Steel Mills

ATI Converting Slabs for CSN, JSW and NLMK: Sources

Written by Michael Cowden

Allegheny Technologies Inc. (ATI) is converting slabs for two domestic mills and one Brazilian steelmaker, according to market participants.

ATI is re-rolling slabs for Brazilian steelmaker Companhia Siderúrgica Nacional (CSN) as well as for U.S. steelmakers JSW Steel USA and NLMK USA, sources told Steel Market Update.

slab rollingThe issue is relevant because the United Steelworkers (USW) union has voted to authorize a strike at nine ATI locations. And a strike might apply additional pressure to a U.S. market already characterize by extremely limited availability from domestic mills, some sources said.

An ATI spokeswoman declined to comment on customer contracts such as slab conversion agreements. But she also said the company hoped to maintain customer commitments should a strike occur.

“While we are working toward a reaching agreement with the USW, we have also taken steps to ensure continuity for our customers. We are committed to protecting our current and future business with them, operating safely without interruption,” she said.

NLMK USA declined to comment for this article. JSW Steel USA and CSN did not respond to requests for comment.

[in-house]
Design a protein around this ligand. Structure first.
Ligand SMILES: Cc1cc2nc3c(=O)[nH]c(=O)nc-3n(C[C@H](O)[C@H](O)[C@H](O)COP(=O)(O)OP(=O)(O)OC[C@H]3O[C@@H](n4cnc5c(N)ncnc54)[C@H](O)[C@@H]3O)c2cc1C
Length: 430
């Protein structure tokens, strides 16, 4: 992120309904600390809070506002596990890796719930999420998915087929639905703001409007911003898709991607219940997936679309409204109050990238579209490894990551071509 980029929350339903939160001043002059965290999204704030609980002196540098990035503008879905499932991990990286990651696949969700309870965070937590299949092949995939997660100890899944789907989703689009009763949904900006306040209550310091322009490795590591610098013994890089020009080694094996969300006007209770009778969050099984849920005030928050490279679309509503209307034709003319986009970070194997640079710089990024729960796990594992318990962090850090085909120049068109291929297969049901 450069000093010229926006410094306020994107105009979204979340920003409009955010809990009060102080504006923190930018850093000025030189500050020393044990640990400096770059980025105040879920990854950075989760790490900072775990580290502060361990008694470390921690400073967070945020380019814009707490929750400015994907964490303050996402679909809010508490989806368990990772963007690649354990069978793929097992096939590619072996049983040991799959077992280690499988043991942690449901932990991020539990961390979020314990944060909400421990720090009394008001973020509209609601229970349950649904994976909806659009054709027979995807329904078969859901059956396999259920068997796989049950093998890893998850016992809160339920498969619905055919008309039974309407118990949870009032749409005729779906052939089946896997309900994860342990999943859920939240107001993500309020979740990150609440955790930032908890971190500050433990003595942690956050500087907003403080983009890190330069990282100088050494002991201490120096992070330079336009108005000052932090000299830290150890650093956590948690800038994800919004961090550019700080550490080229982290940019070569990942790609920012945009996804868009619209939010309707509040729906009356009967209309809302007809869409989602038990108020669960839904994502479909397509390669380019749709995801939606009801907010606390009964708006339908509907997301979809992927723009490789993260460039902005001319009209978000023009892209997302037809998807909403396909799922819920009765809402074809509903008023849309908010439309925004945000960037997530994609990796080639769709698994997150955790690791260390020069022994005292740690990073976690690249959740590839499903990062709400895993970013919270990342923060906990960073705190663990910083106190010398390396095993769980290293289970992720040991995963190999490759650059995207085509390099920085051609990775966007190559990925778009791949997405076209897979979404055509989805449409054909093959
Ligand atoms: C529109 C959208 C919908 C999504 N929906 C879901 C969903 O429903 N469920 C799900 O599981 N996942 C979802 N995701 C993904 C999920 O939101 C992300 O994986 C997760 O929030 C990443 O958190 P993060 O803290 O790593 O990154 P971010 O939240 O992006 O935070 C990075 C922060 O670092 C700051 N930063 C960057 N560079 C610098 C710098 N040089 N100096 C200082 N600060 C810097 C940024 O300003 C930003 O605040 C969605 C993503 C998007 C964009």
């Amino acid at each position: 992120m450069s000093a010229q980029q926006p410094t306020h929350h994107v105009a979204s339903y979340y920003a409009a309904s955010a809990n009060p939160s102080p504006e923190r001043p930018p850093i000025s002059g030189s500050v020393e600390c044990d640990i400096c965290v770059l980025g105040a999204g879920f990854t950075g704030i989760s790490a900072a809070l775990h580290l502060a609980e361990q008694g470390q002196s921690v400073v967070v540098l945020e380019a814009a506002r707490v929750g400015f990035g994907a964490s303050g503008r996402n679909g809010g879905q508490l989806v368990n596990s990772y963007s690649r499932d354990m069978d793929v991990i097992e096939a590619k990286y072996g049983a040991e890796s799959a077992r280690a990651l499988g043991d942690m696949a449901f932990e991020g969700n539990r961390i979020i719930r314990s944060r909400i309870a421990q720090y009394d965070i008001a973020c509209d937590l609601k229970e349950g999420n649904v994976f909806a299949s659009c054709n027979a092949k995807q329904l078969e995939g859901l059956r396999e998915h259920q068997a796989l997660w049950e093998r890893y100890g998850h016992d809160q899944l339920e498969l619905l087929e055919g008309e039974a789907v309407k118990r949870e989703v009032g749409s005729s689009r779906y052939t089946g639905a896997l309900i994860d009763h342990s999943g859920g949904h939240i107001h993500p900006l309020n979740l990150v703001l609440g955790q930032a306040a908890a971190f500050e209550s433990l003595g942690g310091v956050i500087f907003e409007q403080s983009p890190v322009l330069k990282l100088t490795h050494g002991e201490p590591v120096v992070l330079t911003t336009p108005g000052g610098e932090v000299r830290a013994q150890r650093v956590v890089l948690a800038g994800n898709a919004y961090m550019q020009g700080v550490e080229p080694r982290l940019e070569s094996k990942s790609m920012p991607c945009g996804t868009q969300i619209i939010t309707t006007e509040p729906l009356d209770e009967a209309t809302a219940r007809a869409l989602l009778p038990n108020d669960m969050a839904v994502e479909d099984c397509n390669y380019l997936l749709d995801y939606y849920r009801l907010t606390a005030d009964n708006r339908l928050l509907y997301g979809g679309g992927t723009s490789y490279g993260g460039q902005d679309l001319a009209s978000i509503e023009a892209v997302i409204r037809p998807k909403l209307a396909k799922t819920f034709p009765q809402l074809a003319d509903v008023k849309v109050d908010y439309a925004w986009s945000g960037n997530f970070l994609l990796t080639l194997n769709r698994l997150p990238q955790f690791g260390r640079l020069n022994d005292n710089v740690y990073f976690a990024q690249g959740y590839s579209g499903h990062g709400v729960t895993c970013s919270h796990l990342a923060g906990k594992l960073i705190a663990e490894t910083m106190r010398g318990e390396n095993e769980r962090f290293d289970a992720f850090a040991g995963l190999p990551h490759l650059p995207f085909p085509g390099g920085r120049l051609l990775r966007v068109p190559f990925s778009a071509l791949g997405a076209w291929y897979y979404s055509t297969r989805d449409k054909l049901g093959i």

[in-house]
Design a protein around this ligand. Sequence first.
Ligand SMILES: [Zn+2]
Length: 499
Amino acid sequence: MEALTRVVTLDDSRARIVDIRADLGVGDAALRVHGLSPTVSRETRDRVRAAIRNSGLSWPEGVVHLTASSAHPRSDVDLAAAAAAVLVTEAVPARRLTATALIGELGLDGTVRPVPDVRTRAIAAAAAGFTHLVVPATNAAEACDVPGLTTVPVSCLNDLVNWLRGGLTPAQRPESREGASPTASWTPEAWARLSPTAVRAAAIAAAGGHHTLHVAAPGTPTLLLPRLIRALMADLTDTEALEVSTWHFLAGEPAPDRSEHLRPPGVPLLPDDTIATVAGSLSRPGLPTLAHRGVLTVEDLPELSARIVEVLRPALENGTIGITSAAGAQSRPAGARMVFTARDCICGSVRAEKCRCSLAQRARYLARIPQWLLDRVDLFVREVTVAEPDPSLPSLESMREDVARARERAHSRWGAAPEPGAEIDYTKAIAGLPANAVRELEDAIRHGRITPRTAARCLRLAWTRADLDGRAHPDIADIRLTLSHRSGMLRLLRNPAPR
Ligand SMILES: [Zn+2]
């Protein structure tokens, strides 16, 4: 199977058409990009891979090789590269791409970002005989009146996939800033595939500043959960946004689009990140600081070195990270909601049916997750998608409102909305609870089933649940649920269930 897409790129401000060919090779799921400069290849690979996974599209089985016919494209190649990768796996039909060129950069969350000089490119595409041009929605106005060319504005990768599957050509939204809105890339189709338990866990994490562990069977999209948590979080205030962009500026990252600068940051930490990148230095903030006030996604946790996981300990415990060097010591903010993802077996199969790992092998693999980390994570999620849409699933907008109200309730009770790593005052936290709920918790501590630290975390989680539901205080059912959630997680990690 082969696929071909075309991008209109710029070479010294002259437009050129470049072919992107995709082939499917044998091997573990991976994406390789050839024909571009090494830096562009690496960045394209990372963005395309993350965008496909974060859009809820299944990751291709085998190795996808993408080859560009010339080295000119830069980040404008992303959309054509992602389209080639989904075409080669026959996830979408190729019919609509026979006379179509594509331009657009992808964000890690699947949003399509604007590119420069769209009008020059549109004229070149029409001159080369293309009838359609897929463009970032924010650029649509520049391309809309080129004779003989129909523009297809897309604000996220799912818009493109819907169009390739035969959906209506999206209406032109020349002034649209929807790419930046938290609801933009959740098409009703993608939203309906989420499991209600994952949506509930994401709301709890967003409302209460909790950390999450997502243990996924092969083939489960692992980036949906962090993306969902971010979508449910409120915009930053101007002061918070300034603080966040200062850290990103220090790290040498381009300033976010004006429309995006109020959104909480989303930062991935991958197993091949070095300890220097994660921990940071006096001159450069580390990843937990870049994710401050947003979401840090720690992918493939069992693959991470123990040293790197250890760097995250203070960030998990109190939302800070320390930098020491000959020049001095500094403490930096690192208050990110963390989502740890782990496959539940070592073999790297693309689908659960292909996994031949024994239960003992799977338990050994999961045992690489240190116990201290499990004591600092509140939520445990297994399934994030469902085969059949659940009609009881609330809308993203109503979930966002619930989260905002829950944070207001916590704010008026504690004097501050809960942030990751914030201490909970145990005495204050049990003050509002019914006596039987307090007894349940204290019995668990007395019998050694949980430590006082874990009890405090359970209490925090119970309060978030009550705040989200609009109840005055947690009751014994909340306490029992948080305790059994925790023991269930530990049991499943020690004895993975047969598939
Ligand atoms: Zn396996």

CSN sold its U.S. operations in Terre Haute, Ind., to Steel Dynamics in 2018. But the Brazilian steelmaker maintains a presence in the U.S. via imports. That includes through slabs imported to the U.S. from Brazil and converted into coil at ATI, market participants said.

JSW Steel USA has restarted the electric-arc furnace (EAF) and caster at its mill in Mingo Junction, Ohio. But it has not, as far as SMU is aware, restarted its hot-strip mill, and in the meantime is offering customers hot-rolled coil rolled at ATI from slabs made in Ohio, sources said.

The Ohio mill is also sending slabs to JSW Steel USA’s plate and pipe mill in Baytown, Texas.

NLMK USA had a slab conversion agreement in place with ATI’s hot-rolling and processing facility in Brackenridge, Pa., since the first quarter of 2019. And the pact was extended until December 2020. But it was not clear to SMU on Tuesday whether a new agreement had been negotiated.

NLMK USA described the Brackenridge rolling mill, originally designed for specialty and stainless products, as “world class” in a release announcing the conversion agreement.

Market participants generally agreed that the $1.2-billion Brackenridge facility has certain capabilities–wider widths and higher strengths, for example–not readily available at other rolling mills.

The potential loss of any tons is not welcome in the current market, some sources said.

“People are so frustrated trying to find what they are looking for,” one Midwest service center source said. “Mills are holding them to the minimum of their contracts. … People that are desperate, they’ll pay whatever they have to pay just to keep their plants running.”

But others said ATI’s importance to the broader carbon flat-rolled steel market should not be overstated.

“I don’t think it (a potential strike at ATI) will impact the market that much,” an Ohio Valley service center source said. “We’re already deep into the ditch. How much further into the ditch can we go?”

Limited availability from domestic mills has contributed to U.S. hot-rolled coil prices skyrocketing to new all-time highs in the first quarter of this year.

By Michael Cowden,

Michael Cowden

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